Karl Hess tells us, in "Imagine a West Without Heroes," that the West would best be managed by New Westerners and not by federalists, justifying his conclusion by portraying John Wesley Powell as a worn-out hero (HCN, 5/27/96).
It seems that many Western writers prefer to wrestle with the ghost of Powell. Perhaps the problem is that Powell never realized that we would pick apart his every word and deed. When I read Powell's report to Congress, Lands of the Arid Region of the United States, I don't see any recommendation to denude forest land with the intent of utilizing every drop of rain for the state. I read the exact opposite.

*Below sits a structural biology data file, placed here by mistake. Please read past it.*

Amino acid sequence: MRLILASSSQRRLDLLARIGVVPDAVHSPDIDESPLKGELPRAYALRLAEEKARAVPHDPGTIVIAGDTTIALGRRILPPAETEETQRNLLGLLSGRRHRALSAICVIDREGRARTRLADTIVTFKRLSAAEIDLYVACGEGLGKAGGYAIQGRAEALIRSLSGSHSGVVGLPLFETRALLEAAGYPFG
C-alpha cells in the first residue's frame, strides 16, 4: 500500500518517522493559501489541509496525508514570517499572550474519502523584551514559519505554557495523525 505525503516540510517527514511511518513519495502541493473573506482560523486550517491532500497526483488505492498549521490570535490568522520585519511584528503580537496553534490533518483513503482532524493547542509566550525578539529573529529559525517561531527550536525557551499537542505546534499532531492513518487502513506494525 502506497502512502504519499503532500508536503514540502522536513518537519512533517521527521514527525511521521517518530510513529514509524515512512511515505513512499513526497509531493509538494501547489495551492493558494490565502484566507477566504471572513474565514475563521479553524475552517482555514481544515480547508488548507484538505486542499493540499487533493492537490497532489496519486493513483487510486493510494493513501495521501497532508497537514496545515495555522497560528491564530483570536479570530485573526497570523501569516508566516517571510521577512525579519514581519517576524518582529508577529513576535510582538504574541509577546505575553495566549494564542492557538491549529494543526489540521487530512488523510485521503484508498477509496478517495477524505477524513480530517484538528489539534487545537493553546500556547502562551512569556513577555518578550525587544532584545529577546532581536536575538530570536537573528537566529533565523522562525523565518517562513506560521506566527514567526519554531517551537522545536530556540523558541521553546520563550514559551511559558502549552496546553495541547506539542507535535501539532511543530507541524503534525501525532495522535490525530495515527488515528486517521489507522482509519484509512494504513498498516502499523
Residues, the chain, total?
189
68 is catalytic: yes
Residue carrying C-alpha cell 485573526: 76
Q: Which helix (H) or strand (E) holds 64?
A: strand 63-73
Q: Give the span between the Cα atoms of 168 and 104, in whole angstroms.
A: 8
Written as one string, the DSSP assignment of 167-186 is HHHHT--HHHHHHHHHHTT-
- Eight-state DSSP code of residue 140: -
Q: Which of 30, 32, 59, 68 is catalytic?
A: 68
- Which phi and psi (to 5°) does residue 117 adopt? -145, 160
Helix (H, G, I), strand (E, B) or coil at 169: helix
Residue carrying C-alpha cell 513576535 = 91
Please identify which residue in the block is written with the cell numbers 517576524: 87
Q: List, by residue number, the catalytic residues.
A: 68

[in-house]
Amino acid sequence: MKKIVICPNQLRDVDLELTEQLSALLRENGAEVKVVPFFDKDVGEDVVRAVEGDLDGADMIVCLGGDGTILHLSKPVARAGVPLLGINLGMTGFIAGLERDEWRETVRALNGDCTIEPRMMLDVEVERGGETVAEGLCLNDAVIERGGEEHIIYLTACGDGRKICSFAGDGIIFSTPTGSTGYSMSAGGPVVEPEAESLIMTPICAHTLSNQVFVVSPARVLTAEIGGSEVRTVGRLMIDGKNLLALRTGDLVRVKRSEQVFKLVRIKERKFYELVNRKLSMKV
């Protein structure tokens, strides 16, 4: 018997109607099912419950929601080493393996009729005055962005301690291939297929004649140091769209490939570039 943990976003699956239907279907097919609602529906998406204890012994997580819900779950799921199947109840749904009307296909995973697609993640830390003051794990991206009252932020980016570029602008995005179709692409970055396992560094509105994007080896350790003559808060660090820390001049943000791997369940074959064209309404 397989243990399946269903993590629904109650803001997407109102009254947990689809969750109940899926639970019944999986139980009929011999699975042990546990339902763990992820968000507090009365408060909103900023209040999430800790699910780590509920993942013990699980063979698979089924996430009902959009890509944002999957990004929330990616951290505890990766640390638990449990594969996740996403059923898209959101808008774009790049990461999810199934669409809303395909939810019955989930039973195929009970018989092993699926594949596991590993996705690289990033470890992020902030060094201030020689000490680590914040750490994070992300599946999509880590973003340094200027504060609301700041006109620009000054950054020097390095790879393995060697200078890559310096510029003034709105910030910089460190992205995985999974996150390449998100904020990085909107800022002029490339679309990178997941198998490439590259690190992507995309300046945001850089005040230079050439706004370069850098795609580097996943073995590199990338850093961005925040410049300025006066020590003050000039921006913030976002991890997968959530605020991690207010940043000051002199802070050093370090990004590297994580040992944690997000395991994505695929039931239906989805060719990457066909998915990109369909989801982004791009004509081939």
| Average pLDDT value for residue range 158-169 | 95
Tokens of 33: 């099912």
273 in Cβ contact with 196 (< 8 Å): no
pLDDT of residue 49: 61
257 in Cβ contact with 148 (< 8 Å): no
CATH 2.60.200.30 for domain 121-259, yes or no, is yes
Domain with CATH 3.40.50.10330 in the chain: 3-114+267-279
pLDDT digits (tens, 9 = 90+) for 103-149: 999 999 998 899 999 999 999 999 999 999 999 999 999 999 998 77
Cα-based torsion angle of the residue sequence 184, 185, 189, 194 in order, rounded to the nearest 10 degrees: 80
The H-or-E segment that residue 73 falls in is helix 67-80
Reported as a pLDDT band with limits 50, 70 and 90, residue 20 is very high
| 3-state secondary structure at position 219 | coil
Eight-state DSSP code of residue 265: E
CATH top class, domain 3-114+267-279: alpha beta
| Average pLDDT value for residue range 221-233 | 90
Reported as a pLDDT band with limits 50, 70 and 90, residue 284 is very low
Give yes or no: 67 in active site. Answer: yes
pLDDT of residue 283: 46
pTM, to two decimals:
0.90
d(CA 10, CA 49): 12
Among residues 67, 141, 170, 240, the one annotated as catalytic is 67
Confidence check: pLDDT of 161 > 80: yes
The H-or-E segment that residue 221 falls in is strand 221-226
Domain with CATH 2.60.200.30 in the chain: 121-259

If Hess really missed the conservationist theme of Wallace Stegner's biography of Powell, Beyond the Hundredth Meridian, I might be inclined to think that his heart is motivated by the same agenda as Stegner's anti-hero, William Gilpin, who coined the false promise that "rain will follow the plow." Powell's premise that good science will be the savior of the West is as valid today as it will be tomorrow. To manage the West without the check-and-balance system of federal programs and legislation, as imperfect as it sometimes is, would be a Gilpin-like mistake.